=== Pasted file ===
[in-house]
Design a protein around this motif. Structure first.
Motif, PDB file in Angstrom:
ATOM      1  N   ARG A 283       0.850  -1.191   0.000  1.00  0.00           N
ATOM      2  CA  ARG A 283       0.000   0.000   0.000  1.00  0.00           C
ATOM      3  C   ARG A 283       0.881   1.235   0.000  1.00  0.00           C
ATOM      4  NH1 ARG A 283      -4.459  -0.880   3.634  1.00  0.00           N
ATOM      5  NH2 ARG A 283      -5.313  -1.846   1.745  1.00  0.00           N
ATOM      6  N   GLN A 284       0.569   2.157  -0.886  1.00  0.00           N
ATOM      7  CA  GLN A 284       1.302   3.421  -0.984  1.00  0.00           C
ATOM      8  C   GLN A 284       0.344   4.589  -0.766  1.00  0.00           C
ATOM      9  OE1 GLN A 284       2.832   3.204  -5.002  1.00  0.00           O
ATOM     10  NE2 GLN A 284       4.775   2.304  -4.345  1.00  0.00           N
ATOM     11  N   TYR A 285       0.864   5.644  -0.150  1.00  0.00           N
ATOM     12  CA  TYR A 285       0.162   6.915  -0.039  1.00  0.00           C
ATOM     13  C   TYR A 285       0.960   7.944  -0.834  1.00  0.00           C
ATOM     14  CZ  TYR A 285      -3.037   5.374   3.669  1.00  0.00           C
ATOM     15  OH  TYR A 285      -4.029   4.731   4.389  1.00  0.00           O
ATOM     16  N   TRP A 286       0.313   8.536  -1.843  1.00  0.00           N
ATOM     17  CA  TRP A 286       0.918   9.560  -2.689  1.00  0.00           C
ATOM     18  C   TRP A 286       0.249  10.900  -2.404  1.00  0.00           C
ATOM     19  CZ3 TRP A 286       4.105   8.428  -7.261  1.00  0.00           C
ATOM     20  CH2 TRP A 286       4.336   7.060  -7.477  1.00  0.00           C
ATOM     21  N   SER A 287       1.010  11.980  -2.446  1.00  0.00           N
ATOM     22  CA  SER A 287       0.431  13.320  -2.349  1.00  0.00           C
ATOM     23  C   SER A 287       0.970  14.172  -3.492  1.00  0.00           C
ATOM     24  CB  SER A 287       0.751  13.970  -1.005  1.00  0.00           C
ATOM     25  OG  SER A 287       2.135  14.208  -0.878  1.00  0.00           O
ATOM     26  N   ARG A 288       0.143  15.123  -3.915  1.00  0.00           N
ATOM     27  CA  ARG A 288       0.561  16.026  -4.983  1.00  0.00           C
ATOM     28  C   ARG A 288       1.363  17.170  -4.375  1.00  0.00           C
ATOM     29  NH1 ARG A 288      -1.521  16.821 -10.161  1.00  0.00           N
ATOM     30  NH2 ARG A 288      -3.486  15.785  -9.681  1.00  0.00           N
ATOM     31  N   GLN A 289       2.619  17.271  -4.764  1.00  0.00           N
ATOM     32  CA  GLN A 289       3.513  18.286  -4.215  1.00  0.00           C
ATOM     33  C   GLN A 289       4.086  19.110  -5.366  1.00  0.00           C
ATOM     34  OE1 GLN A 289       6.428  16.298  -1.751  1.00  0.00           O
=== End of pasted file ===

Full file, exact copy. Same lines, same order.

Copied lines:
[in-house]
Design a protein around this motif. Structure first.
Motif, PDB file in Angstrom:
ATOM      1  N   ARG A 283       0.850  -1.191   0.000  1.00  0.00           N
ATOM      2  CA  ARG A 283       0.000   0.000   0.000  1.00  0.00           C
ATOM      3  C   ARG A 283       0.881   1.235   0.000  1.00  0.00           C
ATOM      4  NH1 ARG A 283      -4.459  -0.880   3.634  1.00  0.00           N
ATOM      5  NH2 ARG A 283      -5.313  -1.846   1.745  1.00  0.00           N
ATOM      6  N   GLN A 284       0.569   2.157  -0.886  1.00  0.00           N
ATOM      7  CA  GLN A 284       1.302   3.421  -0.984  1.00  0.00           C
ATOM      8  C   GLN A 284       0.344   4.589  -0.766  1.00  0.00           C
ATOM      9  OE1 GLN A 284       2.832   3.204  -5.002  1.00  0.00           O
ATOM     10  NE2 GLN A 284       4.775   2.304  -4.345  1.00  0.00           N
ATOM     11  N   TYR A 285       0.864   5.644  -0.150  1.00  0.00           N
ATOM     12  CA  TYR A 285       0.162   6.915  -0.039  1.00  0.00           C
ATOM     13  C   TYR A 285       0.960   7.944  -0.834  1.00  0.00           C
ATOM     14  CZ  TYR A 285      -3.037   5.374   3.669  1.00  0.00           C
ATOM     15  OH  TYR A 285      -4.029   4.731   4.389  1.00  0.00           O
ATOM     16  N   TRP A 286       0.313   8.536  -1.843  1.00  0.00           N
ATOM     17  CA  TRP A 286       0.918   9.560  -2.689  1.00  0.00           C
ATOM     18  C   TRP A 286       0.249  10.900  -2.404  1.00  0.00           C
ATOM     19  CZ3 TRP A 286       4.105   8.428  -7.261  1.00  0.00           C
ATOM     20  CH2 TRP A 286       4.336   7.060  -7.477  1.00  0.00           C
ATOM     21  N   SER A 287       1.010  11.980  -2.446  1.00  0.00           N
ATOM     22  CA  SER A 287       0.431  13.320  -2.349  1.00  0.00           C
ATOM     23  C   SER A 287       0.970  14.172  -3.492  1.00  0.00           C
ATOM     24  CB  SER A 287       0.751  13.970  -1.005  1.00  0.00           C
ATOM     25  OG  SER A 287       2.135  14.208  -0.878  1.00  0.00           O
ATOM     26  N   ARG A 288       0.143  15.123  -3.915  1.00  0.00           N
ATOM     27  CA  ARG A 288       0.561  16.026  -4.983  1.00  0.00           C
ATOM     28  C   ARG A 288       1.363  17.170  -4.375  1.00  0.00           C
ATOM     29  NH1 ARG A 288      -1.521  16.821 -10.161  1.00  0.00           N
ATOM     30  NH2 ARG A 288      -3.486  15.785  -9.681  1.00  0.00           N
ATOM     31  N   GLN A 289       2.619  17.271  -4.764  1.00  0.00           N
ATOM     32  CA  GLN A 289       3.513  18.286  -4.215  1.00  0.00           C
ATOM     33  C   GLN A 289       4.086  19.110  -5.366  1.00  0.00           C
ATOM     34  OE1 GLN A 289       6.428  16.298  -1.751  1.00  0.00           O